In the apocalyptic portions of the book, certain dreams and visions are interpreted as predictions concerning the rise and fall of nations from the time of the Babylonian captivity to the establishment of the messianic kingdom. In one chapter, we are told about King Nebuchadnezzar's dream in which he sees a great image with a head of gold, breast and arms of silver, a belly of brass, legs of iron, and feet of iron mixed with clay. In another vision, Daniel sees four beasts emerging out of the sea. One of these beasts is a lion with eagle's wings; another is a bear with three ribs in its mouth; the third beast is a leopard with four heads and four wings; and the fourth beast is described as great and terrible: It has seven heads and ten horns, among which is another horn with humanlike eyes and a mouth that speaks terrible things. Other visions include one of a ram and a he-goat. Prophetic periods of 2300 days, 70 weeks, 1235 days, and other specific periods of time are described and interpreted. Toward the end of the book, we find one of the first definite references in the Old Testament to a resurrection of the dead.
The Book of Daniel has sometimes been classified with the prophetic books of the Old Testament, a mistake owing largely to a failure to distinguish between the predominant characteristics of prophetic and apocalyptic writings. Daniel belongs to the latter group, a type of writing that in many respects sharply contrasts prophetic literature. For example, predictions of coming events in the apocalyptic writings are definite and specific, thus indicating the precise time when certain events will occur; predictions made in the prophetic writings are of a general nature and are always conditioned by the decisions of people with reference to moral issues. In other words, the prophets' statements concerning the future are always consistent with the free choice of human beings, which is not true of the apocalypses. So far as the apocalypses are concerned, what was predicted would necessarily come to pass; nothing that anyone could do would alter the situation. The impression that predictions made in the distant past were fulfilled accurately is due to the fact that the apocalypses were written after these events had already taken place, but their predictions are presented as though they were made prior to their predicted events.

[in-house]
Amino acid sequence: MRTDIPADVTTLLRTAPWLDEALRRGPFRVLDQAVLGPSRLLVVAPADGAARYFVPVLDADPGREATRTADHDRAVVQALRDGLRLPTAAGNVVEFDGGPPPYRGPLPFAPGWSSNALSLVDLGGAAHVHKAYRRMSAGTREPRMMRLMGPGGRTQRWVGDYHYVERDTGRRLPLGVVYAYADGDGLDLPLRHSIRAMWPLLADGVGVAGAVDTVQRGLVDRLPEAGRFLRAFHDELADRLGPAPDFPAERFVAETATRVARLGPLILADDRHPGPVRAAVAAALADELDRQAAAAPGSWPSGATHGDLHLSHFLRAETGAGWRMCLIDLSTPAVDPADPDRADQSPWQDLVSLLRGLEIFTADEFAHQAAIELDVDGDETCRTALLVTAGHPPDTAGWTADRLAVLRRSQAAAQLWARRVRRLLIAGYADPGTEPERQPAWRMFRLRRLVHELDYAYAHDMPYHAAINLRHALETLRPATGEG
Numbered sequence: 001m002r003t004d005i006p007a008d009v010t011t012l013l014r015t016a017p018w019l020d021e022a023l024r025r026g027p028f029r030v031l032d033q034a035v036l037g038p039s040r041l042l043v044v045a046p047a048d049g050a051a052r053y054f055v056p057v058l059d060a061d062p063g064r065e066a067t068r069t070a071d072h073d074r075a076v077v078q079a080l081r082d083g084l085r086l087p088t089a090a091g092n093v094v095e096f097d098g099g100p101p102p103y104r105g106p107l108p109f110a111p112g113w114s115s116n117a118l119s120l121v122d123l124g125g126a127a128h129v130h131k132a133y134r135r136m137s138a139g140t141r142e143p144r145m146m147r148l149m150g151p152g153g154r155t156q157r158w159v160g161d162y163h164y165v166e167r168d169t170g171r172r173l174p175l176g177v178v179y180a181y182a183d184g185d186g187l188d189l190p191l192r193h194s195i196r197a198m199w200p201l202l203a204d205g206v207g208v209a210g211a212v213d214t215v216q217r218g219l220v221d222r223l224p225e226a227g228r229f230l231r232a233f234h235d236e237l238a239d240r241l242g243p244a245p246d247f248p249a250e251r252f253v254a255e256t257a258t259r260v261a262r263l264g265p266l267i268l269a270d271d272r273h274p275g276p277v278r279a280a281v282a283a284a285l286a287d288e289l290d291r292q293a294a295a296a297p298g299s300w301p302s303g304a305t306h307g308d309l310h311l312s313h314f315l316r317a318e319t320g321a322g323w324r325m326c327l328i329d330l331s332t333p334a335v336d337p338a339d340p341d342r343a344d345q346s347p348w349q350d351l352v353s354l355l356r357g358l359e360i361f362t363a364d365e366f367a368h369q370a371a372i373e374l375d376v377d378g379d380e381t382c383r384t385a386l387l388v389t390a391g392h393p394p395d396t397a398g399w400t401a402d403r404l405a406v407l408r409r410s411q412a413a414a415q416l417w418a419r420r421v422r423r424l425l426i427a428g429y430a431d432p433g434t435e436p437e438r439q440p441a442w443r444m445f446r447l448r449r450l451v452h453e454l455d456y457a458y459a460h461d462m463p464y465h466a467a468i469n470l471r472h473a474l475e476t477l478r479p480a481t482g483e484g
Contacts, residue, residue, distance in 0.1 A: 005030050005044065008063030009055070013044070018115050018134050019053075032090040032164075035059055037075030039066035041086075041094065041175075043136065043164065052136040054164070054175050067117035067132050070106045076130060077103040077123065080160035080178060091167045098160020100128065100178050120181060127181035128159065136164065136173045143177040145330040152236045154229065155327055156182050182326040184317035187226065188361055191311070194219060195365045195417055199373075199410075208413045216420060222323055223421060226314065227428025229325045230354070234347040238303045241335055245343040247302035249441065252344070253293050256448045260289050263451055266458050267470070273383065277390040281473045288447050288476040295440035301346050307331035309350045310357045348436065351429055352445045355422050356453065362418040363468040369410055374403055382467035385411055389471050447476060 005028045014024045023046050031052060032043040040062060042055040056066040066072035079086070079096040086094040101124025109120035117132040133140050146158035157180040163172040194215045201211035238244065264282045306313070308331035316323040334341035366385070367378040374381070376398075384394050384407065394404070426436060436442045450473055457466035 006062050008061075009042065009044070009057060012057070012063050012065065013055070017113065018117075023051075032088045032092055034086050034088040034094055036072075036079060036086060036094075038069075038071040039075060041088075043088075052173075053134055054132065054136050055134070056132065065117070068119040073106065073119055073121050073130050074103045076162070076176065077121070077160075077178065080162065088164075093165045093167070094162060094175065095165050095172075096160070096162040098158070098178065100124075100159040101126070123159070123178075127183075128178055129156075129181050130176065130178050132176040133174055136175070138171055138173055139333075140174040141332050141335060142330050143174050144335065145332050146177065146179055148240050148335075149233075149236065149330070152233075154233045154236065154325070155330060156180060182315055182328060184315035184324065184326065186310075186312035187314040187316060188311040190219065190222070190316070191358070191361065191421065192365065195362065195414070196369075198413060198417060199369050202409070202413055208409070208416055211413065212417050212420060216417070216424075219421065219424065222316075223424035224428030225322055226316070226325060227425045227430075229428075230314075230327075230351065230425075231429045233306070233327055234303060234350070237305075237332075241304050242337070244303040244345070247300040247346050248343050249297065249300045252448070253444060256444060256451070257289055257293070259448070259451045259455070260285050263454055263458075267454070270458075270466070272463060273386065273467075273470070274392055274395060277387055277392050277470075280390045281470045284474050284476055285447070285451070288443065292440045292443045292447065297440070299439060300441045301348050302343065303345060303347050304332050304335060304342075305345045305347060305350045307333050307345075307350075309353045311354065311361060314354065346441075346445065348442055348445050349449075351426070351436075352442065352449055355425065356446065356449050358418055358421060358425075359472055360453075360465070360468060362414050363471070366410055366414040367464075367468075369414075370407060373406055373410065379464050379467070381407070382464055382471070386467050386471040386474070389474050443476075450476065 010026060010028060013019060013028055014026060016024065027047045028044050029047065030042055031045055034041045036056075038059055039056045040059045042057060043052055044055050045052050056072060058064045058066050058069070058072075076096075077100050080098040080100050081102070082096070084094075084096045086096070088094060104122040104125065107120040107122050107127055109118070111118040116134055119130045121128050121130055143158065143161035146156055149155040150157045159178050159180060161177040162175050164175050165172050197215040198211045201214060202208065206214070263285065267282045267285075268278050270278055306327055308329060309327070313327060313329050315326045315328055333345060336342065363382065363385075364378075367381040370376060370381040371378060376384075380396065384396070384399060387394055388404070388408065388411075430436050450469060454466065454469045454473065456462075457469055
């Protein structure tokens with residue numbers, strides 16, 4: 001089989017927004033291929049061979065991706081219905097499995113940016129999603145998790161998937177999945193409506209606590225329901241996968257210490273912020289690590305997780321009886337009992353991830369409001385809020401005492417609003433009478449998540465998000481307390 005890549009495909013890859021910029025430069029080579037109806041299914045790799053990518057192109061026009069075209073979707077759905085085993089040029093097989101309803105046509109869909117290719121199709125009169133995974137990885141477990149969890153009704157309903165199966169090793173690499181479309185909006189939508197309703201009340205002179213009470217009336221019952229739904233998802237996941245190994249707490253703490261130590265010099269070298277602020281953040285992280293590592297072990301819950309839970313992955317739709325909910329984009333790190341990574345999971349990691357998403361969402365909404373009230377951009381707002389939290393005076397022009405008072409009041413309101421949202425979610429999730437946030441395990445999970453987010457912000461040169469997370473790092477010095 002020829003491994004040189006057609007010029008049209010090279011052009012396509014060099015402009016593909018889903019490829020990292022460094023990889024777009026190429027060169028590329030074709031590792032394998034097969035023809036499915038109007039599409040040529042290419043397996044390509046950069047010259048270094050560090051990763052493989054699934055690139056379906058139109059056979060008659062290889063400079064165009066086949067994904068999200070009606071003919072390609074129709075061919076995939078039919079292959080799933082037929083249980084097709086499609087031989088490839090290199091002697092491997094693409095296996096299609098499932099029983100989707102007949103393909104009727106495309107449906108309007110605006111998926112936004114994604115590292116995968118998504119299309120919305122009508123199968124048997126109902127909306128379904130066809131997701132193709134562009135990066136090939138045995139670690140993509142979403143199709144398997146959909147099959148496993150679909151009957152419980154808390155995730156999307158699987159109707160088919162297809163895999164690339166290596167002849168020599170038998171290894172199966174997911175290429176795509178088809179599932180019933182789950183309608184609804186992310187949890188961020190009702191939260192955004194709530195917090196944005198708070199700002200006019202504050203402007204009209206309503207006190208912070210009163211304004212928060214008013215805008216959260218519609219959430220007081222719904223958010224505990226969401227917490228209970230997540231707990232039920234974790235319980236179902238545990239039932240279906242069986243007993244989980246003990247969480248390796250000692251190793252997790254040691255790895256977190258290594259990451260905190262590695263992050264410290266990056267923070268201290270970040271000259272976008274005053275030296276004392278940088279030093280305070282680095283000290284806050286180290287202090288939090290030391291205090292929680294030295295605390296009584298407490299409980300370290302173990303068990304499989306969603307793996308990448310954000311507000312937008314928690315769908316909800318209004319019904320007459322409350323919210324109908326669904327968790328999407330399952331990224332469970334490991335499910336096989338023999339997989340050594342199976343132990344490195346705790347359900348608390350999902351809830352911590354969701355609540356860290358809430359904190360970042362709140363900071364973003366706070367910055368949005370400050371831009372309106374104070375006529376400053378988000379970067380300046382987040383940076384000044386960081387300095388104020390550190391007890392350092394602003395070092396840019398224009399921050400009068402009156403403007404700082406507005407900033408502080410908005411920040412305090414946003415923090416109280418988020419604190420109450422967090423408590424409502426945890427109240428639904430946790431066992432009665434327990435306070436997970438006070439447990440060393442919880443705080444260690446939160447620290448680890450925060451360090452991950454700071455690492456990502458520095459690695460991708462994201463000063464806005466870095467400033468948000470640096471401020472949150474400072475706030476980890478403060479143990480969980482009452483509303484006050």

Evidence in the Book of Daniel supports the idea that the book was written during the period of the Maccabean wars, but many of the book's predictions are presented as though they were revealed to one of the Hebrews involved in the Babylonian captivity. Nebuchadnezzar's dream is interpreted to mean a prediction concerning the rise and fall of four great world empires: the kingdom of Babylon; the kingdoms of the Medes and Persians; the kingdom of Greece; and the monstrous power under which the Jews suffered persecution at the hands of Antiochus. The stone that is cut out of the mountain and that strikes the image on its feet, grinding the stone to pieces, symbolizes the destruction of this evil power and the establishment of the messianic kingdom. The same set of predictions is made again in Daniel's vision of the four beasts emerging out of the sea. In this vision, a more specific characterization is given of Antiochus and the power that he represents. He is designated by the little horn among the ten horns, rooting up three of them in order to make room for itself. This horn, with eyes like a human's and a mouth, speaks words of blasphemy, persecutes the saints, and endeavors to change laws. A further account of this same evil power is given in the vision of the ram and the he-goat. The specific time periods cited in the book all have reference to the time when this evil power will be destroyed through supernatural intervention and when the new kingdom of righteousness will be created. The reference to a resurrection of the dead indicates that the idea of resurrection was beginning to find acceptance among the Hebrews.